People say a picture is worth a thousand words. Well, thanks to the “Knots” tool on Voyant, I have an apt visualization of my research process this summer:
To be honest, I came into the internship fully expecting this type of noodling, more professionally known as “exploration.” After all, our buzzword for the first part of the internship (when we were still learning about digital tools and how to define the digital humanities) was “nebulous.” Unlike the other projects, mine has remained abstract until the last possible minute, although upon reflection, the direction it finally took makes logical sense based on the ideas I have been hovering around all summer.
The most challenging part of my project was defining what it would be. Here’s an attempt at tracing how my interests morphed into the final product:
Interests: origins of publications (mission statements, how and why they came to be, the people involved) – the human connection
Problems: too vague; some publications wrote a lot about their mission statement but others didn’t have any; must narrow down or else too many publications to deal with
Interests: Literary magazines (Why? Because it is a challenge- I had no idea how to begin applying digital tools to study them)
Problems: less vague BUT huge issues regarding tools – what kind of digital tools can do justice to creative works? Also, still a lot of data to ingest. Must narrow down either by time period or by specific magazines.
Interests: narrowed down among the literary magazines to five experimental magazines (experimental magazines suit my needs because there are few of them and most are short-lasting → less pages to deal with)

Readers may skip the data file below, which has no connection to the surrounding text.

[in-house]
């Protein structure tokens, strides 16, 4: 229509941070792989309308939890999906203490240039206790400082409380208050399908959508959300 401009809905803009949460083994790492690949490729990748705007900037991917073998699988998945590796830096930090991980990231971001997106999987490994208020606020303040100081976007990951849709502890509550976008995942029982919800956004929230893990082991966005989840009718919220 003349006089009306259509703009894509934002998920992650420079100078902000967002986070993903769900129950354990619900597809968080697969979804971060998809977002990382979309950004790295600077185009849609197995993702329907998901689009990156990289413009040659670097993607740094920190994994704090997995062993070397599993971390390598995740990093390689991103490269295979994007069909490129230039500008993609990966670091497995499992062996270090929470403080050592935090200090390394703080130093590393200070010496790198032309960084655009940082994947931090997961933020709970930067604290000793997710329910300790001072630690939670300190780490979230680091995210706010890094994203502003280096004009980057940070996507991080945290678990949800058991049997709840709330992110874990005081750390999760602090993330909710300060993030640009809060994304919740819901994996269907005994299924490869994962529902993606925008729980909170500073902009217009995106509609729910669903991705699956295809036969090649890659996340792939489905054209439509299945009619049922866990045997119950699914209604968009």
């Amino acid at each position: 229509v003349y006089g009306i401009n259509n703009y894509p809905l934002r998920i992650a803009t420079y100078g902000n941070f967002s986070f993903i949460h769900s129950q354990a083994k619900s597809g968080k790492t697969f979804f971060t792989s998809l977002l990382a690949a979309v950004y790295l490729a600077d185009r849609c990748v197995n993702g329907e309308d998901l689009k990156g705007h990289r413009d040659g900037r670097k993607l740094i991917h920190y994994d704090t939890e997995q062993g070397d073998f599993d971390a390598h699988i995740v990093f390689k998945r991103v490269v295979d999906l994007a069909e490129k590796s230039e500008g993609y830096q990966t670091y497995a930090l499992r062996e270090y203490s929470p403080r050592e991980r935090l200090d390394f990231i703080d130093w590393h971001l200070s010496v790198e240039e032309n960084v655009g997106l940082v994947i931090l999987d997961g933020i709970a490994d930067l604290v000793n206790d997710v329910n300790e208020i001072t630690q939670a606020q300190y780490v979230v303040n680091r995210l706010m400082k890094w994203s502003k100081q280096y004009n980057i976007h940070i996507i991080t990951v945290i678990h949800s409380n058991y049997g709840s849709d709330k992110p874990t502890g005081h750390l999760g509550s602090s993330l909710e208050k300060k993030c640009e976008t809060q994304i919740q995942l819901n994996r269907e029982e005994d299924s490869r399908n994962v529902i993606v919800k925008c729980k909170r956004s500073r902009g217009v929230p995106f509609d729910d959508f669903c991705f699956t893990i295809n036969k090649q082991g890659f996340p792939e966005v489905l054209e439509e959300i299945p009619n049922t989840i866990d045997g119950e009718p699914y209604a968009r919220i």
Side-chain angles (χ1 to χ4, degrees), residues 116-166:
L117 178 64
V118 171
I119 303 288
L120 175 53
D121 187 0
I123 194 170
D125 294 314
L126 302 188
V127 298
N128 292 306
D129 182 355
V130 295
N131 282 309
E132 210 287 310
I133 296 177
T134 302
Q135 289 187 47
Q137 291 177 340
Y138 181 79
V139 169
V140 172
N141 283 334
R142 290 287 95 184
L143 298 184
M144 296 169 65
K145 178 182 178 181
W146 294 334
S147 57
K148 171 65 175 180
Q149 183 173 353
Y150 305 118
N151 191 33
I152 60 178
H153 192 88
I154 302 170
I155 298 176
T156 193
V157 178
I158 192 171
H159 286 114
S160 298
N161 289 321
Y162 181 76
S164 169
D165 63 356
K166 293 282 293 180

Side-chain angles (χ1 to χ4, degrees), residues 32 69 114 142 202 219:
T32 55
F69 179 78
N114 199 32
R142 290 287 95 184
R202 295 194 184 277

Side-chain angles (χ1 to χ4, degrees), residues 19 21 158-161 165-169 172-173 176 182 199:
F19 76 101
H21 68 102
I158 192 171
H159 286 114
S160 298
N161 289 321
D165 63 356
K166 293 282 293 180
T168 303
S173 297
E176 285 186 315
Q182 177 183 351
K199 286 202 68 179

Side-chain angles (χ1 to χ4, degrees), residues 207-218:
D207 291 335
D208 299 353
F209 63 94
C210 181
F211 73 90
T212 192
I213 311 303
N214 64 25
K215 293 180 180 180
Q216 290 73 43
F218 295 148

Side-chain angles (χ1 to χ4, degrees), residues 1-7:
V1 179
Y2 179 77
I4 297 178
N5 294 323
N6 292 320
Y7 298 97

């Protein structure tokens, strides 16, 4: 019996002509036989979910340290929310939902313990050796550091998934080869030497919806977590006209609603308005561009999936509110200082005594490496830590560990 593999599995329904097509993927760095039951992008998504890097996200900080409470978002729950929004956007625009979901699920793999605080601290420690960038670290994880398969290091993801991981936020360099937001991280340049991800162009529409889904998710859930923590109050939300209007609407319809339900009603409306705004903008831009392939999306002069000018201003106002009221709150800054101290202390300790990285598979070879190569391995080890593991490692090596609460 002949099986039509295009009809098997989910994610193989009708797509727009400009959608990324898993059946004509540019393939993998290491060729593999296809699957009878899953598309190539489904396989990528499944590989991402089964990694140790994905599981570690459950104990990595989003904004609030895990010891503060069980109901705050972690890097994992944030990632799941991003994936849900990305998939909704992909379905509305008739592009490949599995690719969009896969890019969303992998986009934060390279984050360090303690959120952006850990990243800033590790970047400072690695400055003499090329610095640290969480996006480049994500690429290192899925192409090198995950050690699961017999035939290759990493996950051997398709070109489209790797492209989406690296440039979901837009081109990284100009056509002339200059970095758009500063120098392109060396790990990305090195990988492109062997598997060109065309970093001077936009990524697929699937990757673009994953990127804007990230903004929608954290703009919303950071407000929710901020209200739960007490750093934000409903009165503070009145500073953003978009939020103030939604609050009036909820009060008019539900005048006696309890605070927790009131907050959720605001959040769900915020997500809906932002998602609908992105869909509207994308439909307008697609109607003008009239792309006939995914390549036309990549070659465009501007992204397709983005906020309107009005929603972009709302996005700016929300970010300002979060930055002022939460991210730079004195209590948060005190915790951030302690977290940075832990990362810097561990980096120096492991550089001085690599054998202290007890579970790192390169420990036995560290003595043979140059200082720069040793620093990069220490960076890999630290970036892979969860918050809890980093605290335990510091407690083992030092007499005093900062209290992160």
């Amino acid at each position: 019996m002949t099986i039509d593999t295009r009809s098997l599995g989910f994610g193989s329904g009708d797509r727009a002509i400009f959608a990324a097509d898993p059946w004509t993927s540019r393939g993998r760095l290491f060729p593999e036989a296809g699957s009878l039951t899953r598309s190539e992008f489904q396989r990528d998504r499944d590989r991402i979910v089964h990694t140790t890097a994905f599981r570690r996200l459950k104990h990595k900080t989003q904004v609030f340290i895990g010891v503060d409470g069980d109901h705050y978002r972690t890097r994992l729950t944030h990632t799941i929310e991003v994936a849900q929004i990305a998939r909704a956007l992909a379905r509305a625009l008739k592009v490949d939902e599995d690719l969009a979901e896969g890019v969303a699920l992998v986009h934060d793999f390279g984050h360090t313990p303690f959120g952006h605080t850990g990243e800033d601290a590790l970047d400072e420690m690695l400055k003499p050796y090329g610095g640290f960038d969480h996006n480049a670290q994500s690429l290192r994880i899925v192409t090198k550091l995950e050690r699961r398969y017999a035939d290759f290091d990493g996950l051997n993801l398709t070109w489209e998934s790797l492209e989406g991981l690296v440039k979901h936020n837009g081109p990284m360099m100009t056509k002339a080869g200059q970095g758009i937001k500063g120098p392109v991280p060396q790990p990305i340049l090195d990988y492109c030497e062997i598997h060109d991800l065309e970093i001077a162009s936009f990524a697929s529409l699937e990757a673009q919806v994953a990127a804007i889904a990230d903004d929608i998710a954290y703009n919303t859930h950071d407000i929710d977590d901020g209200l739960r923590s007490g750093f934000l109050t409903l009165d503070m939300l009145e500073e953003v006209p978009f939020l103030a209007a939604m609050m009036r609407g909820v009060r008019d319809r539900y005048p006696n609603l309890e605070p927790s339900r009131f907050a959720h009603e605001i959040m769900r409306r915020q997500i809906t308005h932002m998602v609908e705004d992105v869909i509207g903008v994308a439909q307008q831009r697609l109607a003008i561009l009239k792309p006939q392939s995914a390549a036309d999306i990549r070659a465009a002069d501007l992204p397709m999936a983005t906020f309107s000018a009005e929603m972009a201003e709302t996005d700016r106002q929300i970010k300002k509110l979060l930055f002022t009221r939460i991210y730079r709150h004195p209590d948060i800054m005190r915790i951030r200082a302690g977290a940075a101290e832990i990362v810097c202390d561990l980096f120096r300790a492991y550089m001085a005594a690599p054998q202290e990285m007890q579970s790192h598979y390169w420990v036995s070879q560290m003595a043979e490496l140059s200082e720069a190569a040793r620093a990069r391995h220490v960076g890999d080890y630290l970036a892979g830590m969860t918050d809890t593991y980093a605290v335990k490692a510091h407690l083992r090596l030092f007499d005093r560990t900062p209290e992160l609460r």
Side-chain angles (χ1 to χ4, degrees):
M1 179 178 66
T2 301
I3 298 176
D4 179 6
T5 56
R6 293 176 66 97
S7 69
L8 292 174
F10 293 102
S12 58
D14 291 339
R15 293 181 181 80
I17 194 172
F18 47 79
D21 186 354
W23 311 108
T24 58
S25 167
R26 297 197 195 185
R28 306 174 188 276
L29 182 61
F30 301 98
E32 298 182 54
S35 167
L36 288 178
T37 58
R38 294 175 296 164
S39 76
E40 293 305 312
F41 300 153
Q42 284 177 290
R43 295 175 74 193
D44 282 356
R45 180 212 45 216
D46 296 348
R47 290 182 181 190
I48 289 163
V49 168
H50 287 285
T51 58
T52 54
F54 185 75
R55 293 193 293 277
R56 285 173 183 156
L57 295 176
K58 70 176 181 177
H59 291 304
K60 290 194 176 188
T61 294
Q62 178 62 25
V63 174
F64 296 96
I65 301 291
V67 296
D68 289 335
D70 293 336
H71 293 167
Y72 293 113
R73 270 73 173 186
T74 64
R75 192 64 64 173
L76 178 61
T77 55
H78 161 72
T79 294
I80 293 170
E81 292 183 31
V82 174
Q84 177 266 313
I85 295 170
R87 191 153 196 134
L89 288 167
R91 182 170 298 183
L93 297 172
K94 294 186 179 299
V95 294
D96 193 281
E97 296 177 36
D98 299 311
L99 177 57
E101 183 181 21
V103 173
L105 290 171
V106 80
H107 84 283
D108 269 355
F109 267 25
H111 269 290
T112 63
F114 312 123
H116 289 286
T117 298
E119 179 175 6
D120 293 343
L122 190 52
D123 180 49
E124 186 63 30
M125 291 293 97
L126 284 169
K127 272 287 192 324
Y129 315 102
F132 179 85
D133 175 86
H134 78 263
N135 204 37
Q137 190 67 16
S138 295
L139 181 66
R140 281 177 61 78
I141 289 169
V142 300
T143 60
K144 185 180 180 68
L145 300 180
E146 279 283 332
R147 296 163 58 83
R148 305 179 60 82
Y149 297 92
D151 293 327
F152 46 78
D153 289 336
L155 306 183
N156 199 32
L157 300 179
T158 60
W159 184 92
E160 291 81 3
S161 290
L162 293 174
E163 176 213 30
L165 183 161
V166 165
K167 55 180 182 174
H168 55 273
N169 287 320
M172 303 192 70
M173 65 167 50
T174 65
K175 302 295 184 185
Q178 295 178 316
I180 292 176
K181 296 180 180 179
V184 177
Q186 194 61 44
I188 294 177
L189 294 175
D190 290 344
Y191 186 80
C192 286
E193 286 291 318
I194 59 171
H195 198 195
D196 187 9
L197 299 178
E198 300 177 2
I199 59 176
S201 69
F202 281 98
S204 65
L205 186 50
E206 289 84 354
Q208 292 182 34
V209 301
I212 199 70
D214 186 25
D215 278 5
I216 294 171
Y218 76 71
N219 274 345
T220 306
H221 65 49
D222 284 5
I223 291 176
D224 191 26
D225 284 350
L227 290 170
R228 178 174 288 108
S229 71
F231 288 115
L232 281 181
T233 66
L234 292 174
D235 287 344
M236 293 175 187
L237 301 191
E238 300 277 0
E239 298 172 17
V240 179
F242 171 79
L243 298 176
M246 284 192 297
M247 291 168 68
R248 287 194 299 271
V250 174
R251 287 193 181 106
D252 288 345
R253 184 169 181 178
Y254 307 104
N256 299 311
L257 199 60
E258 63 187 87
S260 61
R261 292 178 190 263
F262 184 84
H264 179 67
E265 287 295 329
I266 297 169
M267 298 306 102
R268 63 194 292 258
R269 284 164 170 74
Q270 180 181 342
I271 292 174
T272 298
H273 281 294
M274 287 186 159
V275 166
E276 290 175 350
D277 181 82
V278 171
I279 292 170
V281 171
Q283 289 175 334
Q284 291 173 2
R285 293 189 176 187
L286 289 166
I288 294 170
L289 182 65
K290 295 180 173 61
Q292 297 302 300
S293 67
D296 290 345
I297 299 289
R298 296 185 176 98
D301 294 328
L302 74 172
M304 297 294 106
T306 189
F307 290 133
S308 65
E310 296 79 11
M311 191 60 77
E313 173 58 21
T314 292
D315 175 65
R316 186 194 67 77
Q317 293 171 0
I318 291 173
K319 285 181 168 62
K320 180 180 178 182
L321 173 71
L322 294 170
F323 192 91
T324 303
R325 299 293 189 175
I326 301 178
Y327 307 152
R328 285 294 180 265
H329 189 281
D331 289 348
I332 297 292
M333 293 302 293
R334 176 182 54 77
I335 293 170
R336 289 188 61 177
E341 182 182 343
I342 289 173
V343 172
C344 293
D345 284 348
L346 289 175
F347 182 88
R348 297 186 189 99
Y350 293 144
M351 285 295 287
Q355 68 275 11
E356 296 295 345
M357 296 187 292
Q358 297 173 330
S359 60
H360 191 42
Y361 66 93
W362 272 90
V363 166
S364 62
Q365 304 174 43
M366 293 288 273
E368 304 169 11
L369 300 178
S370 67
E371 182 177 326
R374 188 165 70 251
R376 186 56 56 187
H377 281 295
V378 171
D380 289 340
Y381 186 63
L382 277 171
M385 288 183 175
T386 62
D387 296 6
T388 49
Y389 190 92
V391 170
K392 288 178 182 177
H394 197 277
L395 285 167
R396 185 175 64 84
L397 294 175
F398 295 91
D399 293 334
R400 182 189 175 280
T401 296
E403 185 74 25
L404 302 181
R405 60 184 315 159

Problems: I don’t get these magazines. It is very difficult to trek through these pieces because they elicit reactions ranging from “Oh cool!” to “I don’t think this author is from Earth.” If a human reader cannot begin to wrap her mind around these odd beings, how can digital tools help?
Interests: Narrowed down again to two experimental magazines, Adelphian and Io.
1) a mapping project with Adelphian: their mission statement was about recruiting voices not attracted to more conventional magazines. I planned to collect all the places, locations, and ethnicities mentioned in each piece and compare them with those found in the Amherst Literary Magazine (the more “established” and conventional rival).
2) Run textual analysis over the OCR of the text and see what patterns emerge. OCR stands for Optical Character Recognition- it basically converts printed texts in pdfs into editable formats such as Word. Voyant has a range of tools I can explore, but I would need to generate my own OCR.
The process of creating OCR to put into Voyant takes too long. I would have to take pictures of all the pages I need, convert them into PDFs, and then do some magic to convert them to OCR. But the toughest part is the data cleanup: OCR conversion is not perfect, so it misspells words, which I would have to correct if I want Voyant to yield any useful data. That didn’t sound too bad on paper, until I was confronted with this: